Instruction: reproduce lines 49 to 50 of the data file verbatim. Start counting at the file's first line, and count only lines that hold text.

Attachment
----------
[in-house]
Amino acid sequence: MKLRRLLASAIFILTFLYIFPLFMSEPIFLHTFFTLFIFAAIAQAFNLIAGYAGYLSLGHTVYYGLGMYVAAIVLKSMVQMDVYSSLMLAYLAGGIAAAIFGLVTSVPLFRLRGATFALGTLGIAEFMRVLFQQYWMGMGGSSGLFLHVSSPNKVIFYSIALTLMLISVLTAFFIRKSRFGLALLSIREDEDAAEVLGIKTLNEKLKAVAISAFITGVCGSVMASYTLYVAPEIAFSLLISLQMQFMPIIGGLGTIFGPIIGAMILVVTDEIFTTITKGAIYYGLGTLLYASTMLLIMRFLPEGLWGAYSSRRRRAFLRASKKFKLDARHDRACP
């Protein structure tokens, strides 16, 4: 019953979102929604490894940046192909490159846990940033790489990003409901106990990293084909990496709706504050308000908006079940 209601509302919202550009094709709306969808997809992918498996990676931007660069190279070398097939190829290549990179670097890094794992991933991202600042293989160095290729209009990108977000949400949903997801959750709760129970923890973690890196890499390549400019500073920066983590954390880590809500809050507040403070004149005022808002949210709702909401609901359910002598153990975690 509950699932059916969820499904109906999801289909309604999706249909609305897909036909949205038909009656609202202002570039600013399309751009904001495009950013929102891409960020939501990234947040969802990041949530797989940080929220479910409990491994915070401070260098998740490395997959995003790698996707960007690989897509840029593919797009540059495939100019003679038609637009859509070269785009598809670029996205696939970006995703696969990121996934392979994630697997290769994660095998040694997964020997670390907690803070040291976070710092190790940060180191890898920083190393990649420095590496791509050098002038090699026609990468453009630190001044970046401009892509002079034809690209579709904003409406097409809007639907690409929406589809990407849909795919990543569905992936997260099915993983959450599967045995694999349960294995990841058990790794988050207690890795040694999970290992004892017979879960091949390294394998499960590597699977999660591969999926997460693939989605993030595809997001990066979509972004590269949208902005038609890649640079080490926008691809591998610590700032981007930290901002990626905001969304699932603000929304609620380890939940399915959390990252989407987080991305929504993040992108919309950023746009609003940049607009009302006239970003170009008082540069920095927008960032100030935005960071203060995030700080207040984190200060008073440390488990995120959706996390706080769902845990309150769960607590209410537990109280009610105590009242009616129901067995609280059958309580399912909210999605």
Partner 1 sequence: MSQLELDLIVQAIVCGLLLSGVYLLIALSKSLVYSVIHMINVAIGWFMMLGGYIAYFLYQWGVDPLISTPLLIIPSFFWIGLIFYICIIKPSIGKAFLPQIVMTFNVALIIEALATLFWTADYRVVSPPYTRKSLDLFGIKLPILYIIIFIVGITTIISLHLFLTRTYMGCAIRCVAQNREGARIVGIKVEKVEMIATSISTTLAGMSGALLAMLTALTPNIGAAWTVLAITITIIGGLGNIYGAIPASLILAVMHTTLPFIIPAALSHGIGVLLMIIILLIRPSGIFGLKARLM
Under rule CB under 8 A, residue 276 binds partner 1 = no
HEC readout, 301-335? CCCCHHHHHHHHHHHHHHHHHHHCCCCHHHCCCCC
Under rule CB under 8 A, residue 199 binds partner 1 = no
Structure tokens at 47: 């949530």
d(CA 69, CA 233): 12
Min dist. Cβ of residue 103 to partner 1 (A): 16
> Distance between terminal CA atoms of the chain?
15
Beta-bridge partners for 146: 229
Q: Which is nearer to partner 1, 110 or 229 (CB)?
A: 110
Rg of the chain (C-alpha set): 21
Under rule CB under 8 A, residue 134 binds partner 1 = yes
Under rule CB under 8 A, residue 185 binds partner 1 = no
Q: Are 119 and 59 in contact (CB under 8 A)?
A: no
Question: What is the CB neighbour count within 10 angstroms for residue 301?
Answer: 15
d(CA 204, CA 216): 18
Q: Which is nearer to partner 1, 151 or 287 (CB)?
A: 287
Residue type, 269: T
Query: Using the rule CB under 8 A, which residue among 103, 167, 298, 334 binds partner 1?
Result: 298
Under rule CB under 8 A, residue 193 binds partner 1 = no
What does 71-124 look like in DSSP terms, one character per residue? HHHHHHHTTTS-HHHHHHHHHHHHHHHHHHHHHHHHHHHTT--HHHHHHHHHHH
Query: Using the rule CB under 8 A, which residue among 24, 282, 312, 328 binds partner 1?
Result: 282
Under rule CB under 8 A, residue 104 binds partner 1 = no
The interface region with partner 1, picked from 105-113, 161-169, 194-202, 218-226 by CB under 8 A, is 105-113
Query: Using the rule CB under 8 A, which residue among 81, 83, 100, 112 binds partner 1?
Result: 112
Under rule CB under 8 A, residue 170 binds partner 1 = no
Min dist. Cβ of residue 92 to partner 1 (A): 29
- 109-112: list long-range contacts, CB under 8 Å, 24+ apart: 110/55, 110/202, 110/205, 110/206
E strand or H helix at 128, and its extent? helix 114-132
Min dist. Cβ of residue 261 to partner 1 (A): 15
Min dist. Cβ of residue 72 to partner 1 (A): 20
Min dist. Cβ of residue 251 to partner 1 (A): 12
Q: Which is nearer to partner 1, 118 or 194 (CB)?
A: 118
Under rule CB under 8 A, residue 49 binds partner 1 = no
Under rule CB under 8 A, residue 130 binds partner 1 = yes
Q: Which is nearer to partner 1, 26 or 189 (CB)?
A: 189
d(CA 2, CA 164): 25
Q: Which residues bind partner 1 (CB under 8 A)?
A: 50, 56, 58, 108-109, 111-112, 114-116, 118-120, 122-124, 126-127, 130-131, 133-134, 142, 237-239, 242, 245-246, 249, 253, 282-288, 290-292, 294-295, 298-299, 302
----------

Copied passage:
A: 189
d(CA 2, CA 164): 25